Home Educating children with Special Needs

I home educated my two boys. Only for a few months whilst waiting for school places in the area we had moved to.

In some ways it was great; we had some fun and made progress. But it was hard work and teaching my youngest son – who was impulsive and easily distracted – had an adverse impact on our relationship. I find it so much easier being patient and understanding with other people’s children!

I was an experienced teacher. I knew about ADHD and Dyspraxia and had some strategies to help us both. All the same, I was glad when school places were found and I could go back to my role as mum.

So many parents of children with SEND are forced into being home educators. The number of children with an SEN Statement or EHC Plan being home schooled has risen by 57% since

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2013. In principle this is “Elective Home Education” – but parents are not making this choice because they want to teach their own children, but because they know that their child’s needs are not being met at school. Sometimes the school leans on parents to home educate to avoid a permanent exclusion.

These figures are an underestimate of the numbers of children with SEN who are out of school. The number of pupils with special needs waiting for a school place has more than doubled in the last year. There are many more with SEND but without an EHC Plan for whom home education is seen as the only option to exclusion and placement in a PRU. The increase in SEND pupils who have been permanently excluded without another school to attend has increased six times over in two years.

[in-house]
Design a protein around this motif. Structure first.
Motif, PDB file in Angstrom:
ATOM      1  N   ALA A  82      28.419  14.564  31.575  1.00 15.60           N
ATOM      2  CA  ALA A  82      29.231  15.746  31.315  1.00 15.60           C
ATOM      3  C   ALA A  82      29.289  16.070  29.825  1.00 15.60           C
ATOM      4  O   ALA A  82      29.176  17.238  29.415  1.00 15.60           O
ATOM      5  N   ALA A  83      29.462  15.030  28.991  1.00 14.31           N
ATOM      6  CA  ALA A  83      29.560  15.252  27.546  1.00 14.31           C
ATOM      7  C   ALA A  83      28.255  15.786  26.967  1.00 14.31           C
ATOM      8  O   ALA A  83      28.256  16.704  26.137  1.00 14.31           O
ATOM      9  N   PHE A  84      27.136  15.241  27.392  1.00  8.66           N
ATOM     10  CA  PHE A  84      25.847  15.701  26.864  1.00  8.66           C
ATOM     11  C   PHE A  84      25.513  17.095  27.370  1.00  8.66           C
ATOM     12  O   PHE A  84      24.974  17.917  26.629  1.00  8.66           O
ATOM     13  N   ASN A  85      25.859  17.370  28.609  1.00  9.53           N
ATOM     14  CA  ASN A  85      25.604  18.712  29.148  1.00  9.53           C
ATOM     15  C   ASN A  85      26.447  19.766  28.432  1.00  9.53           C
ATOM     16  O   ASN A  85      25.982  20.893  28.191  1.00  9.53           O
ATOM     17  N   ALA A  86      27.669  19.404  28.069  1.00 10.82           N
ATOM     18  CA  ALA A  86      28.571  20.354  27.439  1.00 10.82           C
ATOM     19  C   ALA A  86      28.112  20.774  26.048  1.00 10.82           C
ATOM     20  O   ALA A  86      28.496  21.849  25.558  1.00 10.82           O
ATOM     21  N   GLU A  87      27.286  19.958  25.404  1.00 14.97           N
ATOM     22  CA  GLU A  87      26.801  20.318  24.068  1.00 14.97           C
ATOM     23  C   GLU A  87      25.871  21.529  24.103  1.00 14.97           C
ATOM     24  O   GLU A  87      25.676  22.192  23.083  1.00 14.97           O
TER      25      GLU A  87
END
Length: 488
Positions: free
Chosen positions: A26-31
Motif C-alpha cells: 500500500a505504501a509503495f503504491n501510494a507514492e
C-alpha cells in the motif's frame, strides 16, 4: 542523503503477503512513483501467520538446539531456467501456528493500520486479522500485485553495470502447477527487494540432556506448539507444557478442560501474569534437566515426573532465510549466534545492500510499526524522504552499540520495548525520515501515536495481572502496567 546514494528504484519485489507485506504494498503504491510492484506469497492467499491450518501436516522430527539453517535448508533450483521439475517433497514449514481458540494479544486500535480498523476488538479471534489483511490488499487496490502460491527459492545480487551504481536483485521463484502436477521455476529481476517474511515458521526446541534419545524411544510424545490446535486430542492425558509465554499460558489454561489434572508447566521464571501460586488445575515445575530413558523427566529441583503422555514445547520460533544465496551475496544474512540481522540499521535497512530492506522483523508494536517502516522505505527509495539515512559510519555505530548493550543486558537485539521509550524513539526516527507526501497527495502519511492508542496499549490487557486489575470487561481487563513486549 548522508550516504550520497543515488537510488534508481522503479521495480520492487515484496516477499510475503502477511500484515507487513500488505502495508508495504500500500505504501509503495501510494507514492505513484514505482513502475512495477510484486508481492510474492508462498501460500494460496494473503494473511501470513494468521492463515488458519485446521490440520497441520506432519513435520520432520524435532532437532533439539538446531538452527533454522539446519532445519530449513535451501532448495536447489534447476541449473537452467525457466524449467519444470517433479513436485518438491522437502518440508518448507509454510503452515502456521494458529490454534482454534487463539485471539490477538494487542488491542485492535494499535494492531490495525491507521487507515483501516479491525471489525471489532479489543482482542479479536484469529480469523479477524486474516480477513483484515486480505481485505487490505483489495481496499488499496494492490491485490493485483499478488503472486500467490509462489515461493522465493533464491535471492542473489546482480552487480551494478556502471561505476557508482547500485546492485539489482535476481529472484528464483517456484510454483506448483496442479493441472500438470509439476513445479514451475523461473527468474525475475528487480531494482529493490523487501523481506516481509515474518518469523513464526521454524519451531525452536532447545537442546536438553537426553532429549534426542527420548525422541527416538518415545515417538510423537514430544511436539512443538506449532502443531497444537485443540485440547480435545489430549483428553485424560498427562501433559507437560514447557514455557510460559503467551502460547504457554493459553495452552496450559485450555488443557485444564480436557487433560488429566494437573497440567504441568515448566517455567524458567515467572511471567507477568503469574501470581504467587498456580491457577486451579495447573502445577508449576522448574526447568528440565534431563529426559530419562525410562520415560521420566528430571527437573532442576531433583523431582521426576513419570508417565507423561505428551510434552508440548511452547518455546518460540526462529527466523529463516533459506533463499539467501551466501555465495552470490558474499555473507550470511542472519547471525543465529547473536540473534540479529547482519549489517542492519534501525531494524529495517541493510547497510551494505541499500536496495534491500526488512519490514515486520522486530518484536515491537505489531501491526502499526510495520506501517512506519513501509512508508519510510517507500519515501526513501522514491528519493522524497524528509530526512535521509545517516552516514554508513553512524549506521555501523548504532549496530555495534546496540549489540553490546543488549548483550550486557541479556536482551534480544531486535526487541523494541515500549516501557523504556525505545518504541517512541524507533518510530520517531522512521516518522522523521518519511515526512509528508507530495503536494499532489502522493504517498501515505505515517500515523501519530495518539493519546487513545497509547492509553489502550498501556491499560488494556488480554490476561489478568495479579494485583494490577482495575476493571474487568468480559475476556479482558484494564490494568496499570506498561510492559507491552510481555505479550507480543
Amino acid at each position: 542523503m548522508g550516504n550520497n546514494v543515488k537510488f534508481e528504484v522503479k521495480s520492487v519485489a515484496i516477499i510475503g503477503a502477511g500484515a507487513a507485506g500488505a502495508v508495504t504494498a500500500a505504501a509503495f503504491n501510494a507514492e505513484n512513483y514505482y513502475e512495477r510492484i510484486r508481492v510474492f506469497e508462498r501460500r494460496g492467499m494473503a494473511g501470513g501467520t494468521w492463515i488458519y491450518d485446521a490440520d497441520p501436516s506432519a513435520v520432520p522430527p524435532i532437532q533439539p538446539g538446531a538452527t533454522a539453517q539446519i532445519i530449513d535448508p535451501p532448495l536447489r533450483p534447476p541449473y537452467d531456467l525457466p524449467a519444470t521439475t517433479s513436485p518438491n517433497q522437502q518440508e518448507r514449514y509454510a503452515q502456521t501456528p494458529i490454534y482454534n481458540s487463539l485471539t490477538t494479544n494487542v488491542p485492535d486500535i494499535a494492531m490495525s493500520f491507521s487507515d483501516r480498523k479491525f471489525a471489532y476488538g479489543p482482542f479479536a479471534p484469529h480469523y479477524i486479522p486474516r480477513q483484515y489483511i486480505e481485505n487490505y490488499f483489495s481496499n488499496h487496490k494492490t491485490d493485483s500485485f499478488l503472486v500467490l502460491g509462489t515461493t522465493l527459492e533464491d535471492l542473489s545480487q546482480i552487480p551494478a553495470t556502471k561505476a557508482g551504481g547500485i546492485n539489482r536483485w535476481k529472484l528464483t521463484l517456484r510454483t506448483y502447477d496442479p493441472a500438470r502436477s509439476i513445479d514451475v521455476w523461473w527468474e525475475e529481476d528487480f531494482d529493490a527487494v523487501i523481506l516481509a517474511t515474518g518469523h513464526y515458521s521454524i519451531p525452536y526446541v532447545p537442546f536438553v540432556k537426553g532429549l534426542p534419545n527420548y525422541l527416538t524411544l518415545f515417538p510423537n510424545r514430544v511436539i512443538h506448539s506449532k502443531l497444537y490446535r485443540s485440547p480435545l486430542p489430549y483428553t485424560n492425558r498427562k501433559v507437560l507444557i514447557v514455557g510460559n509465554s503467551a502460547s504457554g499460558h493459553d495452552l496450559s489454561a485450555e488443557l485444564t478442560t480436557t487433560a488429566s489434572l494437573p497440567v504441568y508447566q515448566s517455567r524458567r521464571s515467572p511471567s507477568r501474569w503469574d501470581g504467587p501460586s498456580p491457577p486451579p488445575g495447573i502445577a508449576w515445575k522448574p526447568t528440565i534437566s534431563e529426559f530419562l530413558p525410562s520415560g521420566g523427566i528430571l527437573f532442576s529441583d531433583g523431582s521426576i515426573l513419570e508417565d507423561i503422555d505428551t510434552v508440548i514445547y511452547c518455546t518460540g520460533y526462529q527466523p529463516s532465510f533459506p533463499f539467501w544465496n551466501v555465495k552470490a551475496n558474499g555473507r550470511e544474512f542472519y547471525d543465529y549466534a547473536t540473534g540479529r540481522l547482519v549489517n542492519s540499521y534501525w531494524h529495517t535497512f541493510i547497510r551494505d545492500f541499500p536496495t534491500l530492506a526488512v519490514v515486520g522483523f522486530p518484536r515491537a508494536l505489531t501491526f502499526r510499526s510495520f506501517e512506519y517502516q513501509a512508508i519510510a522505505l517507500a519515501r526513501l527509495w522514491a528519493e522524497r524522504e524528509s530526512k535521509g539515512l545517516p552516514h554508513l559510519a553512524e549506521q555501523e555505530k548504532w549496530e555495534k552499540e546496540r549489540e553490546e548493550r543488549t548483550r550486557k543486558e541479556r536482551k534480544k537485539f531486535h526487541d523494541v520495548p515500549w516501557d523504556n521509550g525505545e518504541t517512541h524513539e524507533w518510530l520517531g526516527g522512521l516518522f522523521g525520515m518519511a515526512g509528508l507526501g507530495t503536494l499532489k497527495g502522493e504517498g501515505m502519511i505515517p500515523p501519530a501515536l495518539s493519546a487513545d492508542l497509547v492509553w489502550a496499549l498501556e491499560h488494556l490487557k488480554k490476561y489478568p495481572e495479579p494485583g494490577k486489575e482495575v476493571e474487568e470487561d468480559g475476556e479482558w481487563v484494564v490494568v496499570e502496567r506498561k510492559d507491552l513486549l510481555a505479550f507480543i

Many more children are on “reduced timetables”, spending only a small part of the day in school. There is no statutory basis for reduced timetables but in practice they often run into months or years of illegal part-time education.

Parents should not be forced to become teachers of their children. Some choose to, and do a fantastic job. But when a child has SEND they need to learn to socialise and this is unlikely to be easy at home, with local children all at school. Children with SEND need particularly highly skilled teachers who understand the child and their needs, know the curriculum and how to differentiate it. They need assessment and advice from a range of education and health professionals.

Most parents are not teachers, nor should they be. We need more special school and specialist provision places. Most importantly we need
to extend excellent SEND provision to all mainstream schools so that every child gets the education they deserve.

By | 2017-12-04T10:11:58+00:00 December 4th, 2017|Home Education, Special Educational Needs|0 Comments

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